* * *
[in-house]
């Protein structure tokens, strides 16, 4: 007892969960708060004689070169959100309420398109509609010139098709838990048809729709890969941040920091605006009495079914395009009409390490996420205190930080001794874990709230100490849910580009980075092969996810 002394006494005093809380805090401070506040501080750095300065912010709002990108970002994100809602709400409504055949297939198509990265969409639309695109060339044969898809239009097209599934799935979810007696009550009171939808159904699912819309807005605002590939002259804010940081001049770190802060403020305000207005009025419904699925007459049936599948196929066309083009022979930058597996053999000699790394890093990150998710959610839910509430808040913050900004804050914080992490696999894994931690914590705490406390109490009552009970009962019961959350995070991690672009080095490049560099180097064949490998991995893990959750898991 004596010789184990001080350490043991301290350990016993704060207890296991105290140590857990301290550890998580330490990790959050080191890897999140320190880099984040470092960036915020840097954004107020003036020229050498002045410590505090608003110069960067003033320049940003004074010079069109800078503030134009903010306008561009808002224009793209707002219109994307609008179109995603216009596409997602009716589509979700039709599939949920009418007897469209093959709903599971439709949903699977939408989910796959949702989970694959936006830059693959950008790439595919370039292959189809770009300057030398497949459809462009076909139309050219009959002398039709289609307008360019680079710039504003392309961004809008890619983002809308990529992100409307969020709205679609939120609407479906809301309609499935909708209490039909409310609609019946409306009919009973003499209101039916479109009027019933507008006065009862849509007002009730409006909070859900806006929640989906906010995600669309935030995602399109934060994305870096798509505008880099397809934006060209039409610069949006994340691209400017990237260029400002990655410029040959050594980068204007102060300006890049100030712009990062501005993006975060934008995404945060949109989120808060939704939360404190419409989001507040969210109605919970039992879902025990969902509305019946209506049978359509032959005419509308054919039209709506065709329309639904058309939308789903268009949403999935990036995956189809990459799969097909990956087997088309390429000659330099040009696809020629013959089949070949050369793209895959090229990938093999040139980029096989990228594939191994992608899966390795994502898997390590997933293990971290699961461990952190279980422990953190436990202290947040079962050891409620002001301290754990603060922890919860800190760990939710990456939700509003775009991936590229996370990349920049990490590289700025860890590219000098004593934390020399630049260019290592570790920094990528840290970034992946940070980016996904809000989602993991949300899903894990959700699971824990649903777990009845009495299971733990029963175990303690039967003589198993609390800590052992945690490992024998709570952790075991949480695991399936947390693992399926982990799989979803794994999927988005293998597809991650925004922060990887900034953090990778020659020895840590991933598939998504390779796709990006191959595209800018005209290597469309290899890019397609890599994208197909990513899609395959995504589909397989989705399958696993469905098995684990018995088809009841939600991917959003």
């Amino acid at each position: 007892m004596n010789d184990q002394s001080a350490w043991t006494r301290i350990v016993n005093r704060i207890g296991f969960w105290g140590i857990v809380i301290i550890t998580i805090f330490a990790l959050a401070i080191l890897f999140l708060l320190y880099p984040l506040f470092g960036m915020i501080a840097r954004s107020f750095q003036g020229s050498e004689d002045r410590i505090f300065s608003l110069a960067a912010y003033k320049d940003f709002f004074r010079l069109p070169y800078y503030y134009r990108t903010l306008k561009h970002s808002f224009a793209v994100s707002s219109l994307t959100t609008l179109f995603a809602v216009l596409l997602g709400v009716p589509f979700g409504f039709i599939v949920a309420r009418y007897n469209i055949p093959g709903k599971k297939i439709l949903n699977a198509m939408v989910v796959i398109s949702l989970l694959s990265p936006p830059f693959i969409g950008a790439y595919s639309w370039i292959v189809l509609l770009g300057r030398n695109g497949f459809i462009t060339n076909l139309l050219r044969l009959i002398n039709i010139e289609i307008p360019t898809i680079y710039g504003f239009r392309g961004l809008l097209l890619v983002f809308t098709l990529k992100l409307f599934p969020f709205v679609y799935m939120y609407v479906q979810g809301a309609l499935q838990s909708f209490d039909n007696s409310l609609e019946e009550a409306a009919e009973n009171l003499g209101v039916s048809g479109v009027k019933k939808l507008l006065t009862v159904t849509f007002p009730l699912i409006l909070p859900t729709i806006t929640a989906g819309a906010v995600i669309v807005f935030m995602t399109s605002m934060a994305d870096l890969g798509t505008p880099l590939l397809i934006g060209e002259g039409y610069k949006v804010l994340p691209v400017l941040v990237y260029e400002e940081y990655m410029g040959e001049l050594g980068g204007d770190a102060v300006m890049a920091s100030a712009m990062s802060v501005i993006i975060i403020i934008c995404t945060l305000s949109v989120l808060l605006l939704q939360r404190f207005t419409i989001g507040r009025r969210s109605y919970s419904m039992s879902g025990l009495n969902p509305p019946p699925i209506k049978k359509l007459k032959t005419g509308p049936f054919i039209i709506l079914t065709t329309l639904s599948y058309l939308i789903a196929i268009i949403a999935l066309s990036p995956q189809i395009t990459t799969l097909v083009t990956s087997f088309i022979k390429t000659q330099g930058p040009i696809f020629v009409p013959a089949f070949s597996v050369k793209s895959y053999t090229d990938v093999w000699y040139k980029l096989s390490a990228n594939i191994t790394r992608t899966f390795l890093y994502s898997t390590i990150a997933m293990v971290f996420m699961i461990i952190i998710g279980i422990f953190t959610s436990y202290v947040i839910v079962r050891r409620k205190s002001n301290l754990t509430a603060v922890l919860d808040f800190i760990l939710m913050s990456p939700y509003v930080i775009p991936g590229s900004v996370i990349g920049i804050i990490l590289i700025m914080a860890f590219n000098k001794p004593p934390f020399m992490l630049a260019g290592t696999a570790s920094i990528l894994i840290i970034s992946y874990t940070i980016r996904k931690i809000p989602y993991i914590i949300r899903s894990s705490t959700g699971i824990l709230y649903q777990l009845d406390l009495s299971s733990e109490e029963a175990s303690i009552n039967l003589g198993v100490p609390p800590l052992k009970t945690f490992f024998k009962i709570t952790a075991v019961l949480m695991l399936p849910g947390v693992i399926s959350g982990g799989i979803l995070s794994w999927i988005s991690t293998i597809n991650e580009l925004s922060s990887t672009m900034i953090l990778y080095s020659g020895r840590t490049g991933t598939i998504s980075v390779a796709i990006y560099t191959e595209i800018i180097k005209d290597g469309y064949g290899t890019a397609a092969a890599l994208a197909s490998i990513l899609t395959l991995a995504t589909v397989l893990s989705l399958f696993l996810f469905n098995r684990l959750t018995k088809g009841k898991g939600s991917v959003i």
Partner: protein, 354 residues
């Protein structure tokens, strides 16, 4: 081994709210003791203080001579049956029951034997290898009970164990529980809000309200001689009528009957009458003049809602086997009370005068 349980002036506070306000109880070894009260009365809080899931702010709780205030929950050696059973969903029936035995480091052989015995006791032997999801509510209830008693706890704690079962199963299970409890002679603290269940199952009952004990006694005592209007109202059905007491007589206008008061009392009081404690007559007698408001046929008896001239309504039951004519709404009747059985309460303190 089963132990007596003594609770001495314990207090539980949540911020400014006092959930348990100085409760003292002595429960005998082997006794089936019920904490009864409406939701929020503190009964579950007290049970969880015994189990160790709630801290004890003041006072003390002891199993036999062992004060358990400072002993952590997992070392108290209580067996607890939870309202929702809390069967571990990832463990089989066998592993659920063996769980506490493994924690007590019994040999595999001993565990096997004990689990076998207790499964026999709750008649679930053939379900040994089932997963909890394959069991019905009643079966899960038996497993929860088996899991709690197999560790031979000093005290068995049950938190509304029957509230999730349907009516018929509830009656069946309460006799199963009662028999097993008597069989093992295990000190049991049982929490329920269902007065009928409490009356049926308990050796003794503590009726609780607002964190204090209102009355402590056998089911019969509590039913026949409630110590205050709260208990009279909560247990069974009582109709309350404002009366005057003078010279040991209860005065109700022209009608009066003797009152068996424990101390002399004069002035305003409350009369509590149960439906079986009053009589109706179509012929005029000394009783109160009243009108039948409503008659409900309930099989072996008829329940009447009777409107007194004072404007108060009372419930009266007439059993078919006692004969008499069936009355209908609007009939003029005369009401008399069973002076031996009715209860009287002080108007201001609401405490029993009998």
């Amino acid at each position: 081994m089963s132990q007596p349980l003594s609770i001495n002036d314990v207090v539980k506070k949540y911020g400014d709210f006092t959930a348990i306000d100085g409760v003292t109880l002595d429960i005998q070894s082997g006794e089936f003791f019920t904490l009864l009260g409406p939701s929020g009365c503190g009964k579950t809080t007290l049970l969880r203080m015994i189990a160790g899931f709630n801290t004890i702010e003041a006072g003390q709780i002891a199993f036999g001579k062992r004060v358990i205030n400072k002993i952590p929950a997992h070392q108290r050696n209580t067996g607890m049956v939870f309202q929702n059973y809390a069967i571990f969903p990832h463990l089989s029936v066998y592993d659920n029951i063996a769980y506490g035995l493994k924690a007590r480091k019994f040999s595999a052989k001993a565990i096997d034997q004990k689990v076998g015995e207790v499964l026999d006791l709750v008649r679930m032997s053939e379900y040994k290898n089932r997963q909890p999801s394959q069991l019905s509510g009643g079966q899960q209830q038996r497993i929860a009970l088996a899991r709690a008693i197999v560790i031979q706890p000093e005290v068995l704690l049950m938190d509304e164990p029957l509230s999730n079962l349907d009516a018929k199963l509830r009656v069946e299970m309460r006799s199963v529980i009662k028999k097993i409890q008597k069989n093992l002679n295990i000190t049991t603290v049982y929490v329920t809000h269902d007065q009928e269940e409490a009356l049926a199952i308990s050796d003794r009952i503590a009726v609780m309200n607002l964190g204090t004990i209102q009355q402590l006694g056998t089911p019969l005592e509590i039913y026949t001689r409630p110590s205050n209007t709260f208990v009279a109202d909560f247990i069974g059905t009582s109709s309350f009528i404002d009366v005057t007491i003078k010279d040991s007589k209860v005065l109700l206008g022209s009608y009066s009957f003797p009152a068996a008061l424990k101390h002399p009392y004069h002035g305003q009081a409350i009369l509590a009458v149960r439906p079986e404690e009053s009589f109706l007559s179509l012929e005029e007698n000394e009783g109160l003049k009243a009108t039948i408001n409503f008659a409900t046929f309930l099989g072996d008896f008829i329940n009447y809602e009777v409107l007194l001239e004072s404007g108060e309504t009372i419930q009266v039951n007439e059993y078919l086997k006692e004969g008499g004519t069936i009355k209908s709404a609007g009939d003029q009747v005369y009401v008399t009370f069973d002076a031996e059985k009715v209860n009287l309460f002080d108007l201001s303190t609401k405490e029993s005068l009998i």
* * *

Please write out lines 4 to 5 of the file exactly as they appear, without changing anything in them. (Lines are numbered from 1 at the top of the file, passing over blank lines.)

Partner: protein, 354 residues
């Protein structure tokens, strides 16, 4: 081994709210003791203080001579049956029951034997290898009970164990529980809000309200001689009528009957009458003049809602086997009370005068 349980002036506070306000109880070894009260009365809080899931702010709780205030929950050696059973969903029936035995480091052989015995006791032997999801509510209830008693706890704690079962199963299970409890002679603290269940199952009952004990006694005592209007109202059905007491007589206008008061009392009081404690007559007698408001046929008896001239309504039951004519709404009747059985309460303190 089963132990007596003594609770001495314990207090539980949540911020400014006092959930348990100085409760003292002595429960005998082997006794089936019920904490009864409406939701929020503190009964579950007290049970969880015994189990160790709630801290004890003041006072003390002891199993036999062992004060358990400072002993952590997992070392108290209580067996607890939870309202929702809390069967571990990832463990089989066998592993659920063996769980506490493994924690007590019994040999595999001993565990096997004990689990076998207790499964026999709750008649679930053939379900040994089932997963909890394959069991019905009643079966899960038996497993929860088996899991709690197999560790031979000093005290068995049950938190509304029957509230999730349907009516018929509830009656069946309460006799199963009662028999097993008597069989093992295990000190049991049982929490329920269902007065009928409490009356049926308990050796003794503590009726609780607002964190204090209102009355402590056998089911019969509590039913026949409630110590205050709260208990009279909560247990069974009582109709309350404002009366005057003078010279040991209860005065109700022209009608009066003797009152068996424990101390002399004069002035305003409350009369509590149960439906079986009053009589109706179509012929005029000394009783109160009243009108039948409503008659409900309930099989072996008829329940009447009777409107007194004072404007108060009372419930009266007439059993078919006692004969008499069936009355209908609007009939003029005369009401008399069973002076031996009715209860009287002080108007201001609401405490029993009998």